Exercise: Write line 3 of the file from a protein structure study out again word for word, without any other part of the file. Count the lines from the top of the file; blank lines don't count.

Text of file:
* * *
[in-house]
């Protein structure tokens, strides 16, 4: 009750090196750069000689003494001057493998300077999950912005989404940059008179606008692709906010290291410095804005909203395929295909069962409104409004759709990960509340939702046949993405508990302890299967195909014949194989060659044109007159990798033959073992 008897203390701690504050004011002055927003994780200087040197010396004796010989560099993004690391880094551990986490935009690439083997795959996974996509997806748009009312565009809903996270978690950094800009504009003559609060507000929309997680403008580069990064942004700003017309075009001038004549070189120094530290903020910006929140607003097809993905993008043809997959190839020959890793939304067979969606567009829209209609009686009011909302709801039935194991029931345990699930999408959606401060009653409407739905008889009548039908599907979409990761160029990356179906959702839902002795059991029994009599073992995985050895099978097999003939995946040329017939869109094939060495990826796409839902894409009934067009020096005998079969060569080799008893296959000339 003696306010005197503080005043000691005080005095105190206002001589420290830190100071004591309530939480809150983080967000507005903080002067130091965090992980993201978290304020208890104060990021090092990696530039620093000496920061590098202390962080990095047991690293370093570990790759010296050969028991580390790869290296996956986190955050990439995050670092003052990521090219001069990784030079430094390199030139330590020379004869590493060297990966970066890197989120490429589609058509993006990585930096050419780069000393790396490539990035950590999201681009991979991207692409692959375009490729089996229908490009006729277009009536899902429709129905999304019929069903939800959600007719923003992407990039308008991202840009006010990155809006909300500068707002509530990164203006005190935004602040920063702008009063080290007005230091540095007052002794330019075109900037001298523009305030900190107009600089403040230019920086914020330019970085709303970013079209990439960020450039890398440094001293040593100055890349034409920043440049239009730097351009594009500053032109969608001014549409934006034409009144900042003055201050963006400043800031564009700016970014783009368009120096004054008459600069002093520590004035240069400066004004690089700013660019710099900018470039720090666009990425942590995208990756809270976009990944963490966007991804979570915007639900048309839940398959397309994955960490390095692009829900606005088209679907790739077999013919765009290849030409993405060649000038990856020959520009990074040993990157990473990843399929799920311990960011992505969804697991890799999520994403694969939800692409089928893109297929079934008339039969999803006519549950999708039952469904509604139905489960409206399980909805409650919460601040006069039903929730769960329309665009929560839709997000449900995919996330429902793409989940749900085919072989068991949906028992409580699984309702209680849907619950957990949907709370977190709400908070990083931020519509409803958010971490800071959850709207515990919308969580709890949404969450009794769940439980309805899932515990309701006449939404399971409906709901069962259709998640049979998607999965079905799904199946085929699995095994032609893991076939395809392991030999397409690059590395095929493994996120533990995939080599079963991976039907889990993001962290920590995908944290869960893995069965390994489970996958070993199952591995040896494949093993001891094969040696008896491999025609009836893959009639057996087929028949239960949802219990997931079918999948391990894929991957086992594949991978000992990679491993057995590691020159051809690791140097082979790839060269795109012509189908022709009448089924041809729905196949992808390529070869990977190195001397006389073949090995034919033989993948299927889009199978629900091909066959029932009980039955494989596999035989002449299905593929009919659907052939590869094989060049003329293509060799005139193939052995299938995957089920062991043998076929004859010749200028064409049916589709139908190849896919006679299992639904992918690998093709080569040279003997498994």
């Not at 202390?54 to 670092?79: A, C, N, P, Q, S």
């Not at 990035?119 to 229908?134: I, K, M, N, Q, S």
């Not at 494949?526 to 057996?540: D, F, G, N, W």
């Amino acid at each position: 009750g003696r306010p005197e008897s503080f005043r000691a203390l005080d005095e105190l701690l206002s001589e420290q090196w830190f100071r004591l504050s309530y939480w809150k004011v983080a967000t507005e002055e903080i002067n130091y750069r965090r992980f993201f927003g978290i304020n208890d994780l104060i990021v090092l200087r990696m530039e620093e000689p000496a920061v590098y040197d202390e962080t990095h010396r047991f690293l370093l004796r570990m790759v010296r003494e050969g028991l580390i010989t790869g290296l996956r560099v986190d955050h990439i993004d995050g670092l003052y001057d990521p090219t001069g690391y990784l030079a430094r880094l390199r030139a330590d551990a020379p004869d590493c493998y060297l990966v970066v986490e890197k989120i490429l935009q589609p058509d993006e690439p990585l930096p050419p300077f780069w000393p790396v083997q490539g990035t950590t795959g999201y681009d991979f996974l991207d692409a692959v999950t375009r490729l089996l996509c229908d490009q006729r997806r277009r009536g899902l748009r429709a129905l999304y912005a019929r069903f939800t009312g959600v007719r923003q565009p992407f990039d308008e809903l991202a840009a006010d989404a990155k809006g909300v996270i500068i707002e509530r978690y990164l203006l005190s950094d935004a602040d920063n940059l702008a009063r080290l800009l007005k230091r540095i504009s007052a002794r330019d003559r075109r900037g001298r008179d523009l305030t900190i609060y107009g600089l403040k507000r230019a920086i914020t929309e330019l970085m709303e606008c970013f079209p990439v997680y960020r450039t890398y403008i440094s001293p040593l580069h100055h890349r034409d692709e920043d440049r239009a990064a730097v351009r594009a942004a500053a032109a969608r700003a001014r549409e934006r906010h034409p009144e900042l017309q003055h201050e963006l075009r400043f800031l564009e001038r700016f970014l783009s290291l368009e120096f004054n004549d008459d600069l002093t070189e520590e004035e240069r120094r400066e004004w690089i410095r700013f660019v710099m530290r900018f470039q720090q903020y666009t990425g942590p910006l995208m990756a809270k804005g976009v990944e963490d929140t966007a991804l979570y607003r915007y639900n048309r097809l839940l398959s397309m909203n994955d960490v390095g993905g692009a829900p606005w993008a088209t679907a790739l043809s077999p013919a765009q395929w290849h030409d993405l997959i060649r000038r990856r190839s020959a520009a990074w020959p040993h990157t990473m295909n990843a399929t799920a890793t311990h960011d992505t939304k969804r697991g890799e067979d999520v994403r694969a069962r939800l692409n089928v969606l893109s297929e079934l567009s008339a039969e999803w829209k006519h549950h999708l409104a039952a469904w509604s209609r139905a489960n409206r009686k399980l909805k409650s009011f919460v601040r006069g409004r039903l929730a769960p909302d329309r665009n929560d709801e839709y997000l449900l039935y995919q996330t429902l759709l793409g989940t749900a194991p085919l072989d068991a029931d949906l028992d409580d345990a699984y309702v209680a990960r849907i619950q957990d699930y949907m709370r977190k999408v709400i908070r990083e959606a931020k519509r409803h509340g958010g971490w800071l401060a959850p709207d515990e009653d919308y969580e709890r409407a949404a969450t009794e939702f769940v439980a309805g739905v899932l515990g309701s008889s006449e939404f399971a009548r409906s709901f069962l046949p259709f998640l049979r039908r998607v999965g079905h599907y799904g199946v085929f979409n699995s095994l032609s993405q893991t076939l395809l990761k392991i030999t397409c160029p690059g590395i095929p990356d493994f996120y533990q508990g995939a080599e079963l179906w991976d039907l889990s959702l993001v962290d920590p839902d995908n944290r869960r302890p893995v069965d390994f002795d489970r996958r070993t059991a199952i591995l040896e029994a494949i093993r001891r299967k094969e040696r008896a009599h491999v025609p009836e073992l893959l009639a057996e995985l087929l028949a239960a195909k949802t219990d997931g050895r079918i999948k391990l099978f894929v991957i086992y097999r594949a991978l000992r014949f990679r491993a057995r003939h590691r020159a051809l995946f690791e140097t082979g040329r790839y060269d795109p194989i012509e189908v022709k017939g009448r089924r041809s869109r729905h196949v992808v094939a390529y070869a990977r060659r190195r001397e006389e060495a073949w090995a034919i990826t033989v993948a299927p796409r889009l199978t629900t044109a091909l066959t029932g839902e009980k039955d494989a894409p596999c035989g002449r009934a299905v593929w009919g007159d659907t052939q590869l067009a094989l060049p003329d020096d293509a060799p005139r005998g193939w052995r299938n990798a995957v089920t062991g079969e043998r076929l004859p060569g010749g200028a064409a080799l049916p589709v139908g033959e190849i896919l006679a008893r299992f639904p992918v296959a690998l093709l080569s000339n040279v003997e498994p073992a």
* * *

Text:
């Not at 202390?54 to 670092?79: A, C, N, P, Q, S």